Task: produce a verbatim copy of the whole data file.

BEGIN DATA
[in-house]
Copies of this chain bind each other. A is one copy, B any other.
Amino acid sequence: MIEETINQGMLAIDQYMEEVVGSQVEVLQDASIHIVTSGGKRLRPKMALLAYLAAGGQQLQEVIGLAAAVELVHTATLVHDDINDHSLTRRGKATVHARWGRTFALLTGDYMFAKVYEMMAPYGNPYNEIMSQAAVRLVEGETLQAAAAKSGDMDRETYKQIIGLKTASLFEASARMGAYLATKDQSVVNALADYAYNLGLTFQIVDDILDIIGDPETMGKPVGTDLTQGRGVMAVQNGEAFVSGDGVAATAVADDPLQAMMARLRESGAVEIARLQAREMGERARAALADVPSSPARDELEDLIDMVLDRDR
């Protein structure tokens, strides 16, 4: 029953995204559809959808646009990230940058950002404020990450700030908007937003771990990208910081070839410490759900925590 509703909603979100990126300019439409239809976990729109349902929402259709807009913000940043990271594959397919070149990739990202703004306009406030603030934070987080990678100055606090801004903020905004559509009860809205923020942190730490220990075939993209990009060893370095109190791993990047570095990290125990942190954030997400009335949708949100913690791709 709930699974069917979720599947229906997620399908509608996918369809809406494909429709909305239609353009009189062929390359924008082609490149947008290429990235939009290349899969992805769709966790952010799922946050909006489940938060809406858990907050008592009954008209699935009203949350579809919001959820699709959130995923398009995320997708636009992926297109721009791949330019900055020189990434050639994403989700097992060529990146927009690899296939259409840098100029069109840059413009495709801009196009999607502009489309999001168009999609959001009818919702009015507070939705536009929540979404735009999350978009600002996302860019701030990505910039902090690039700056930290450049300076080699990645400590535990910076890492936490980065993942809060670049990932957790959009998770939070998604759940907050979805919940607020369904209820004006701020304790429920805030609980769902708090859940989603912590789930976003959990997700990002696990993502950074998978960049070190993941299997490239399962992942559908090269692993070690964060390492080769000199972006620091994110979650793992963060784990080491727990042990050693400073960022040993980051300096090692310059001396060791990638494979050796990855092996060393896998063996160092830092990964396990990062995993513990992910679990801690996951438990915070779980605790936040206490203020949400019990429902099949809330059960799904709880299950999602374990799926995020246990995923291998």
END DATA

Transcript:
[in-house]
Copies of this chain bind each other. A is one copy, B any other.
Amino acid sequence: MIEETINQGMLAIDQYMEEVVGSQVEVLQDASIHIVTSGGKRLRPKMALLAYLAAGGQQLQEVIGLAAAVELVHTATLVHDDINDHSLTRRGKATVHARWGRTFALLTGDYMFAKVYEMMAPYGNPYNEIMSQAAVRLVEGETLQAAAAKSGDMDRETYKQIIGLKTASLFEASARMGAYLATKDQSVVNALADYAYNLGLTFQIVDDILDIIGDPETMGKPVGTDLTQGRGVMAVQNGEAFVSGDGVAATAVADDPLQAMMARLRESGAVEIARLQAREMGERARAALADVPSSPARDELEDLIDMVLDRDR
């Protein structure tokens, strides 16, 4: 029953995204559809959808646009990230940058950002404020990450700030908007937003771990990208910081070839410490759900925590 509703909603979100990126300019439409239809976990729109349902929402259709807009913000940043990271594959397919070149990739990202703004306009406030603030934070987080990678100055606090801004903020905004559509009860809205923020942190730490220990075939993209990009060893370095109190791993990047570095990290125990942190954030997400009335949708949100913690791709 709930699974069917979720599947229906997620399908509608996918369809809406494909429709909305239609353009009189062929390359924008082609490149947008290429990235939009290349899969992805769709966790952010799922946050909006489940938060809406858990907050008592009954008209699935009203949350579809919001959820699709959130995923398009995320997708636009992926297109721009791949330019900055020189990434050639994403989700097992060529990146927009690899296939259409840098100029069109840059413009495709801009196009999607502009489309999001168009999609959001009818919702009015507070939705536009929540979404735009999350978009600002996302860019701030990505910039902090690039700056930290450049300076080699990645400590535990910076890492936490980065993942809060670049990932957790959009998770939070998604759940907050979805919940607020369904209820004006701020304790429920805030609980769902708090859940989603912590789930976003959990997700990002696990993502950074998978960049070190993941299997490239399962992942559908090269692993070690964060390492080769000199972006620091994110979650793992963060784990080491727990042990050693400073960022040993980051300096090692310059001396060791990638494979050796990855092996060393896998063996160092830092990964396990990062995993513990992910679990801690996951438990915070779980605790936040206490203020949400019990429902099949809330059960799904709880299950999602374990799926995020246990995923291998």